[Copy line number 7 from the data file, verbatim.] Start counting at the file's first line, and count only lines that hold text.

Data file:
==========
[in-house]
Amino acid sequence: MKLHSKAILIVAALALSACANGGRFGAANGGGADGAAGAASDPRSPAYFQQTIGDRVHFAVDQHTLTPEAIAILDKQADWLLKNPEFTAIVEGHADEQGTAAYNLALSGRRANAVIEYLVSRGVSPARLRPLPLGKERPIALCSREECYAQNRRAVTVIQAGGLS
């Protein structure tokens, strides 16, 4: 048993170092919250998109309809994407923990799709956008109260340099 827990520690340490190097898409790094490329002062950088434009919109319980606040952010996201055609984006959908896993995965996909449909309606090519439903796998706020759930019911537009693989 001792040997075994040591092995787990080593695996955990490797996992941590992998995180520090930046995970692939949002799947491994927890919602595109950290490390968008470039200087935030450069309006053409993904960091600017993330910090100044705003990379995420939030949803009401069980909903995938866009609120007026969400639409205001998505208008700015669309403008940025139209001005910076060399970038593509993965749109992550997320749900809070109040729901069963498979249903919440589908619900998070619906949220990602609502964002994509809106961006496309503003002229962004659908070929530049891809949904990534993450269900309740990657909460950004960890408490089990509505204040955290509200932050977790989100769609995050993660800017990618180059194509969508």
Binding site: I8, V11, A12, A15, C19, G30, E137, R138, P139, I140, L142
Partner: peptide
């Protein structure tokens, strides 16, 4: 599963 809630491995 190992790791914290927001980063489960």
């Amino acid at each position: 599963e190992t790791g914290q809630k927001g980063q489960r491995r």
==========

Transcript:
């Amino acid at each position: 599963e190992t790791g914290q809630k927001g980063q489960r491995r």